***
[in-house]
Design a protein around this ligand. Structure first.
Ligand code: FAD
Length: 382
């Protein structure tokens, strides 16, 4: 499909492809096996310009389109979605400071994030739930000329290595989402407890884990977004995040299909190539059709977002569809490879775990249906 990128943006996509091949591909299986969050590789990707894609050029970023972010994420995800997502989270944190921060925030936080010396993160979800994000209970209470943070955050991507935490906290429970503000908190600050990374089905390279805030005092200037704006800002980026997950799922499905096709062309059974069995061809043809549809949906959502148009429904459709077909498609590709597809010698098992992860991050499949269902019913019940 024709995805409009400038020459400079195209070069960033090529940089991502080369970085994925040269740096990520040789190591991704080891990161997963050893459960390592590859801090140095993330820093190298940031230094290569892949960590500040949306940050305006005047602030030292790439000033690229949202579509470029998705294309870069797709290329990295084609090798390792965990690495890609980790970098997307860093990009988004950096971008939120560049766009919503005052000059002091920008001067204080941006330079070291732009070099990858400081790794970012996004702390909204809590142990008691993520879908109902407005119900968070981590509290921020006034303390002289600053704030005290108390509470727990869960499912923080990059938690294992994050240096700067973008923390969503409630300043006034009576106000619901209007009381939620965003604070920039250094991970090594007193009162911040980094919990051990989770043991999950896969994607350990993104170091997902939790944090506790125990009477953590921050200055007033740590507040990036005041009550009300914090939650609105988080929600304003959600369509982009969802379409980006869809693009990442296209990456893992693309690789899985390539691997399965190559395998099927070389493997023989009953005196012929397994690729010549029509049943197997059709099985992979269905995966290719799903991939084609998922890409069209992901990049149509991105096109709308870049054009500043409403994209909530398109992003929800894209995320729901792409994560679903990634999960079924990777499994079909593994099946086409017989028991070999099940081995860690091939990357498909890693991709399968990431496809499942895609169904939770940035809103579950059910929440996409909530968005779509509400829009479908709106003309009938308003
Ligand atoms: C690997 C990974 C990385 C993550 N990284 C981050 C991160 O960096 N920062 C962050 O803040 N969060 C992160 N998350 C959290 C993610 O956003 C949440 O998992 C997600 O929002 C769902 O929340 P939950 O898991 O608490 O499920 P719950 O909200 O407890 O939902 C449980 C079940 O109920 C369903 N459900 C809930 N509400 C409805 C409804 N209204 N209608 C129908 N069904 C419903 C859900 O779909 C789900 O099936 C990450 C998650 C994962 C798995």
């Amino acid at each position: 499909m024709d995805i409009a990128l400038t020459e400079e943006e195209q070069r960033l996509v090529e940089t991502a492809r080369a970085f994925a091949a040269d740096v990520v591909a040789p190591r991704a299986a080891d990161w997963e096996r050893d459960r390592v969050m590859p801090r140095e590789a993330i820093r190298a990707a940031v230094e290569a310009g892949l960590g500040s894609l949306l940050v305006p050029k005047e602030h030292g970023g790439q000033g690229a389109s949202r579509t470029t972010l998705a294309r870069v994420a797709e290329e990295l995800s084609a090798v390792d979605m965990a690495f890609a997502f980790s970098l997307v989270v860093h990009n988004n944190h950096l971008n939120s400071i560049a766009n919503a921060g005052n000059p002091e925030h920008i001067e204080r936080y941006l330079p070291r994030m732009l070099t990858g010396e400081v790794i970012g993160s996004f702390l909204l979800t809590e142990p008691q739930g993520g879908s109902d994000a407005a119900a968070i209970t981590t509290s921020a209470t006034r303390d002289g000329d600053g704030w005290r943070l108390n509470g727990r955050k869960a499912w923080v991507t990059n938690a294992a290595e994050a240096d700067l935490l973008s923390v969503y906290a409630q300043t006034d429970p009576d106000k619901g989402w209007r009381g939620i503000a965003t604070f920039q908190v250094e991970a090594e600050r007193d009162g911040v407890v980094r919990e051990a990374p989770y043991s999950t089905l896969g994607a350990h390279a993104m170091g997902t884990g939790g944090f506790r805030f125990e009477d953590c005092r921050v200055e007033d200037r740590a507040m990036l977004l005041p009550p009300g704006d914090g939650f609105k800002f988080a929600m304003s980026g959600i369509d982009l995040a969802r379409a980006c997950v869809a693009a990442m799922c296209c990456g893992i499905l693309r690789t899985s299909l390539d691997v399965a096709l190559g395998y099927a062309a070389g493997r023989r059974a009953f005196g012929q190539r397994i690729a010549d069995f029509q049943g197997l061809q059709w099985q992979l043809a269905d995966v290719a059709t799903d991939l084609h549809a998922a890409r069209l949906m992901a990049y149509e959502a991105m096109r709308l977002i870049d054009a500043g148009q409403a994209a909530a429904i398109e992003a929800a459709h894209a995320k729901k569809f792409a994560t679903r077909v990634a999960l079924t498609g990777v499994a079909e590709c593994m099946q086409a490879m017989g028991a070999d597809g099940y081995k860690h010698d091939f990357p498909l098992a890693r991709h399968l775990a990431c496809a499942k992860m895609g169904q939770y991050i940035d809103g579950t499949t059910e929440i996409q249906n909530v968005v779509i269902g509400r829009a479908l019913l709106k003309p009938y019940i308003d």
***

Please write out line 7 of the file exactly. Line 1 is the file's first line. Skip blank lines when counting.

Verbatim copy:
């Amino acid at each position: 499909m024709d995805i409009a990128l400038t020459e400079e943006e195209q070069r960033l996509v090529e940089t991502a492809r080369a970085f994925a091949a040269d740096v990520v591909a040789p190591r991704a299986a080891d990161w997963e096996r050893d459960r390592v969050m590859p801090r140095e590789a993330i820093r190298a990707a940031v230094e290569a310009g892949l960590g500040s894609l949306l940050v305006p050029k005047e602030h030292g970023g790439q000033g690229a389109s949202r579509t470029t972010l998705a294309r870069v994420a797709e290329e990295l995800s084609a090798v390792d979605m965990a690495f890609a997502f980790s970098l997307v989270v860093h990009n988004n944190h950096l971008n939120s400071i560049a766009n919503a921060g005052n000059p002091e925030h920008i001067e204080r936080y941006l330079p070291r994030m732009l070099t990858g010396e400081v790794i970012g993160s996004f702390l909204l979800t809590e142990p008691q739930g993520g879908s109902d994000a407005a119900a968070i209970t981590t509290s921020a209470t006034r303390d002289g000329d600053g704030w005290r943070l108390n509470g727990r955050k869960a499912w923080v991507t990059n938690a294992a290595e994050a240096d700067l935490l973008s923390v969503y906290a409630q300043t006034d429970p009576d106000k619901g989402w209007r009381g939620i503000a965003t604070f920039q908190v250094e991970a090594e600050r007193d009162g911040v407890v980094r919990e051990a990374p989770y043991s999950t089905l896969g994607a350990h390279a993104m170091g997902t884990g939790g944090f506790r805030f125990e009477d953590c005092r921050v200055e007033d200037r740590a507040m990036l977004l005041p009550p009300g704006d914090g939650f609105k800002f988080a929600m304003s980026g959600i369509d982009l995040a969802r379409a980006c997950v869809a693009a990442m799922c296209c990456g893992i499905l693309r690789t899985s299909l390539d691997v399965a096709l190559g395998y099927a062309a070389g493997r023989r059974a009953f005196g012929q190539r397994i690729a010549d069995f029509q049943g197997l061809q059709w099985q992979l043809a269905d995966v290719a059709t799903d991939l084609h549809a998922a890409r069209l949906m992901a990049y149509e959502a991105m096109r709308l977002i870049d054009a500043g148009q409403a994209a909530a429904i398109e992003a929800a459709h894209a995320k729901k569809f792409a994560t679903r077909v990634a999960l079924t498609g990777v499994a079909e590709c593994m099946q086409a490879m017989g028991a070999d597809g099940y081995k860690h010698d091939f990357p498909l098992a890693r991709h399968l775990a990431c496809a499942k992860m895609g169904q939770y991050i940035d809103g579950t499949t059910e929440i996409q249906n909530v968005v779509i269902g509400r829009a479908l019913l709106k003309p009938y019940i308003d």